They highlighted, in addition, that Japan's nuclear watchdog, the Nuclear Regulation Authority (NRA), must screen all safety requests and check new safety measures implemented by nuclear plant operators to meet the new regulations before greenlighting their restart. But evacuation plans, such as those developed to deal with an unprecedented volcanic eruption, are created by the local communities themselves and are not required to be mandated by the NRA.

While Ito said all evacuation plans and scenarios are "concrete and rational," what is considered "local approval" for the reactors to be restarted has been called into question, as Satsumasendai's neighboring villages and towns have no legal say on the matter.

In September, the NRA initially granted its approval to restart the two reactors at the Sendai plant, stating that the plant was first in line for being restarted, out of the 48 idled reactors nationwide.

Prime Minister Shinzo Abe has been a staunch supporter of bringing the nation's nuclear power stations back online, as a weak yen, punctuated more so since Japan's central bank expanded its monetary easing program last week, forcing the currency to seven-year lows versus its major counterparts, has continued to push up the price of Japan's fuel imports, like liquified natural gas and coal, used to compensate for the lack of atomic energy.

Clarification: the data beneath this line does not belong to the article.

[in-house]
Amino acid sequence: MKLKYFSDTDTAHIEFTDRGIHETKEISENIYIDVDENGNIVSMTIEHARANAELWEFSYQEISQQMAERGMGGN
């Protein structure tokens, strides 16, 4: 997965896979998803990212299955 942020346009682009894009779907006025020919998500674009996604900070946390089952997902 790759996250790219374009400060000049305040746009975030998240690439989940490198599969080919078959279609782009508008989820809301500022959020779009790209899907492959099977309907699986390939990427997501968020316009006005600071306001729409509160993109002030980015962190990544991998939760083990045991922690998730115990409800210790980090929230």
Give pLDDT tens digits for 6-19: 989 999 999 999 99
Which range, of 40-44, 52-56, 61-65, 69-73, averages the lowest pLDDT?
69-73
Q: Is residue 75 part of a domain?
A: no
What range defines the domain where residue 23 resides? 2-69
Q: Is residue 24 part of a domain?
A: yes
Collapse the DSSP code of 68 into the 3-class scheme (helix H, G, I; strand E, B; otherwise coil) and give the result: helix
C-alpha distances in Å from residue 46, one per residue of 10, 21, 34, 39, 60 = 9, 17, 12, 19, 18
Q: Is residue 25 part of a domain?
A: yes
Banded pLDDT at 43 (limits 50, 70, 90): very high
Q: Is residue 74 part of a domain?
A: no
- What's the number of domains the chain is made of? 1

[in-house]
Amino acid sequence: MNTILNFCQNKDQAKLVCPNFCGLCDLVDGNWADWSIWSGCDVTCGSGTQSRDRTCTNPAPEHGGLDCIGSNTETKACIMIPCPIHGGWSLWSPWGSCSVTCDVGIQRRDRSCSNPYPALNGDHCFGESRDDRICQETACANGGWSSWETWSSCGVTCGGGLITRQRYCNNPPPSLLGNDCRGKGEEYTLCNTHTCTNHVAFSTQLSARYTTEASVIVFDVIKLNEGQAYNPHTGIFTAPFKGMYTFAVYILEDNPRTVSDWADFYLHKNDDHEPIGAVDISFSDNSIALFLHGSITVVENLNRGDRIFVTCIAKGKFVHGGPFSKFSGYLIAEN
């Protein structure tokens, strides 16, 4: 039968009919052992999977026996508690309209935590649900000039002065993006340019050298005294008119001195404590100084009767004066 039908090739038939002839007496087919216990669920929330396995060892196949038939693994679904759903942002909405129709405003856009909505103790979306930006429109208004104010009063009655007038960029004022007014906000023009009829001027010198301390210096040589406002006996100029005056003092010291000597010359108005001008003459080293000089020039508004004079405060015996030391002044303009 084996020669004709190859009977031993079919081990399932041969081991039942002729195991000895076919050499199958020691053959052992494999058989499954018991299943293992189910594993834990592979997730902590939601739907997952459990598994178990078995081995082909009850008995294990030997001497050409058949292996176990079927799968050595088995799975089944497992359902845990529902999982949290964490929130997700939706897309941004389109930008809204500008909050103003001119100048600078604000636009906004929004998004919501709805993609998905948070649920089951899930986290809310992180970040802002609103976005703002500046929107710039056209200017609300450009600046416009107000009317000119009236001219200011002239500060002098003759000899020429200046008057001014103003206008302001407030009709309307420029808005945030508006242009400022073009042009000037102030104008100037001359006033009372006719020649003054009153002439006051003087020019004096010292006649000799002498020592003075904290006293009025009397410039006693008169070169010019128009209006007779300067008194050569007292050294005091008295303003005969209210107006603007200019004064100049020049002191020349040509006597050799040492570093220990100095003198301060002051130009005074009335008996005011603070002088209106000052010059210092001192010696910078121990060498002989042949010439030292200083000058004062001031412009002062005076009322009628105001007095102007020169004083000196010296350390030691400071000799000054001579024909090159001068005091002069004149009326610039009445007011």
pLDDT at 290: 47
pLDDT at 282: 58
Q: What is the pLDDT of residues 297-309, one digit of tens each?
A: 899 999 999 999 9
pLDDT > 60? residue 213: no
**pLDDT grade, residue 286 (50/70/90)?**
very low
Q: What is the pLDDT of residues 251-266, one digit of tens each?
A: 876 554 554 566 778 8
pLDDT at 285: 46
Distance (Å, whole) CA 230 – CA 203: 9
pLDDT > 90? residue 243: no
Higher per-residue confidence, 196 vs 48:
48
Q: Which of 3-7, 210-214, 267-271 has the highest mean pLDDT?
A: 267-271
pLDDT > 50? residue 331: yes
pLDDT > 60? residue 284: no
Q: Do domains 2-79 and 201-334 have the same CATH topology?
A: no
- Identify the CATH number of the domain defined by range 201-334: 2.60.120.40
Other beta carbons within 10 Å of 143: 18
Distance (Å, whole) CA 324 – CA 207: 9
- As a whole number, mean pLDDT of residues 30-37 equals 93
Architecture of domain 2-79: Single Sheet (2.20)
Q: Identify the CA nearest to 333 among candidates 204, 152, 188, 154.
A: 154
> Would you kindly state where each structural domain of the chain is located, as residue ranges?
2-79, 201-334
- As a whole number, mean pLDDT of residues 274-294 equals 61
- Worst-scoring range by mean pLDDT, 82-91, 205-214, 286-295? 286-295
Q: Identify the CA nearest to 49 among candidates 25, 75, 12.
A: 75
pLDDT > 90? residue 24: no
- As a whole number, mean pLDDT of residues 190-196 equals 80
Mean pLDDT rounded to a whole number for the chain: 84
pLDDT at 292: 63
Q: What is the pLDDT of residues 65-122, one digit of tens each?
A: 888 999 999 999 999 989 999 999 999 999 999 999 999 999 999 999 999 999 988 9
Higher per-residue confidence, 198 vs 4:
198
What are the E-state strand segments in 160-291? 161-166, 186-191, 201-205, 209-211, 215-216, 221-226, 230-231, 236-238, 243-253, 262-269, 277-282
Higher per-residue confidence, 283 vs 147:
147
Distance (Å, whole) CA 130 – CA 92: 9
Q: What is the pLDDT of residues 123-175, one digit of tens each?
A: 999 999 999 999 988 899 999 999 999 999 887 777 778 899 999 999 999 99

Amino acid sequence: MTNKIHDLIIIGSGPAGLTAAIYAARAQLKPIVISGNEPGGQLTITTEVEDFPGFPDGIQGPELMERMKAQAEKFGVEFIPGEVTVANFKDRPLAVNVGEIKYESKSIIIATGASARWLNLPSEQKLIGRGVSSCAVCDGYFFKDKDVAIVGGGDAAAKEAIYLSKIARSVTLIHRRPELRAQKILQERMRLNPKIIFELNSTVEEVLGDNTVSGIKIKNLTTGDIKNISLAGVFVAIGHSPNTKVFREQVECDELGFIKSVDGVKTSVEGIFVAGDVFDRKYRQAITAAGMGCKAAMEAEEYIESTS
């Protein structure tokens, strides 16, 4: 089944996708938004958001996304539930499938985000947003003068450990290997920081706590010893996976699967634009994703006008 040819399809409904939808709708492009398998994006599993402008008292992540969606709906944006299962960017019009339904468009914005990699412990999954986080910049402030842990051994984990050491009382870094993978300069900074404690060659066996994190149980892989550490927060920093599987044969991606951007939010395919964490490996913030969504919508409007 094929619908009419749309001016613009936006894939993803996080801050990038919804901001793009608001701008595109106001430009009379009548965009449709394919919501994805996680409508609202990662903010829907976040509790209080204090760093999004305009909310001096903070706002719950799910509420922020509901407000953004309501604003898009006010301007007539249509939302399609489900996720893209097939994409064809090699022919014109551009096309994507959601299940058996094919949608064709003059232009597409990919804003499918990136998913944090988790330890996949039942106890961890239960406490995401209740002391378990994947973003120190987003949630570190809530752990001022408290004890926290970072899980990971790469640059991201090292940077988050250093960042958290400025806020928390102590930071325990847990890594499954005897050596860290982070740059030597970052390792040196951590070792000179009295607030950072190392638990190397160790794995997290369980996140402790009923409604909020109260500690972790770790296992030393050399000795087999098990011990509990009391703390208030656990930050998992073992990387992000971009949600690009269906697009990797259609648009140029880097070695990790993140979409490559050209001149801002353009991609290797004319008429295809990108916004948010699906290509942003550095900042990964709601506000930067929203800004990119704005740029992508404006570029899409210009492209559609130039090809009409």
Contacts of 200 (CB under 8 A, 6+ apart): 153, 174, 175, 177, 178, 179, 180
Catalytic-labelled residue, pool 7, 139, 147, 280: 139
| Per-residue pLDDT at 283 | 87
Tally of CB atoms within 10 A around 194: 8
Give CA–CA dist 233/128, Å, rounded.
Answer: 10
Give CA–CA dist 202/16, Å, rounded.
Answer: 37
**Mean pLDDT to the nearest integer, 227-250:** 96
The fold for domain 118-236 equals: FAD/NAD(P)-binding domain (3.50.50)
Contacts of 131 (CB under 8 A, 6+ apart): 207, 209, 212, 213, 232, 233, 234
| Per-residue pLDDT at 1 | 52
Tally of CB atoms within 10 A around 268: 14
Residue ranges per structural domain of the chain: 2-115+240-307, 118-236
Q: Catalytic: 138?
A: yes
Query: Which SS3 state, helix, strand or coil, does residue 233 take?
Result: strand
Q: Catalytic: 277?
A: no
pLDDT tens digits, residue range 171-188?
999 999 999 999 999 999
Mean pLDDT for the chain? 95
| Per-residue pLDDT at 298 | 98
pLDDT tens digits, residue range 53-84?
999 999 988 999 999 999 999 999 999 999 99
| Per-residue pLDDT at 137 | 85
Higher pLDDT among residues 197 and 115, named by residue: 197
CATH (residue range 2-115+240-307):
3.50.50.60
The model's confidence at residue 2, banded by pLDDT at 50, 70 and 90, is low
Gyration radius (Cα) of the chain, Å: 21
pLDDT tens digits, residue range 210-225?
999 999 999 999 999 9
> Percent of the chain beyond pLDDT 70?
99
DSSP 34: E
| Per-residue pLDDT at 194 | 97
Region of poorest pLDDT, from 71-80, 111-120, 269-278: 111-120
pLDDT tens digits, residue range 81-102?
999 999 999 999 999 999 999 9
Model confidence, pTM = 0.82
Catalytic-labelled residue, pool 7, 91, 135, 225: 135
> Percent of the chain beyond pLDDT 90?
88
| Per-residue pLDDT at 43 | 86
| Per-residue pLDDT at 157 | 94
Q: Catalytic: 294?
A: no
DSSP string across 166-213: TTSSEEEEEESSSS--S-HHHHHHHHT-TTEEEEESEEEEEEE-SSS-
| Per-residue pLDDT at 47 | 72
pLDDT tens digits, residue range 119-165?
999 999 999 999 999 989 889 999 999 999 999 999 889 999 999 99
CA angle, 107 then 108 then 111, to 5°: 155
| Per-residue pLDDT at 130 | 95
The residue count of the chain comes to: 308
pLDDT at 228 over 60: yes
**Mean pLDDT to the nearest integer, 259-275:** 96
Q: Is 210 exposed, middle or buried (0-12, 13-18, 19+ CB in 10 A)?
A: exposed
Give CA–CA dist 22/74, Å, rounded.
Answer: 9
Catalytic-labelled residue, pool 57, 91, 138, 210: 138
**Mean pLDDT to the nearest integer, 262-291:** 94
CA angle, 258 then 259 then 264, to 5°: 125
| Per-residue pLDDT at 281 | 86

Source:Xinhua - globaltimes.cn

Japan local assembly okays restart of two reactors

A local assembly in Japan on Friday (Nov 7) approved plans to restart two nuclear reactors, removing a major hurdle to getting atomic power back online more than three years after the Fukushima disaster.

A majority of Kagoshima assembly members voted for the motion to resume operations at the Sendai plant in the southern Japanese prefecture, officials said. The move leaves as an obstacle only the formal approval of Kagoshima's powerful governor, which is expected later in the day, and marks a victory for the pro-nuclear government of Shinzo Abe in its campaign to re-fire atomic plants.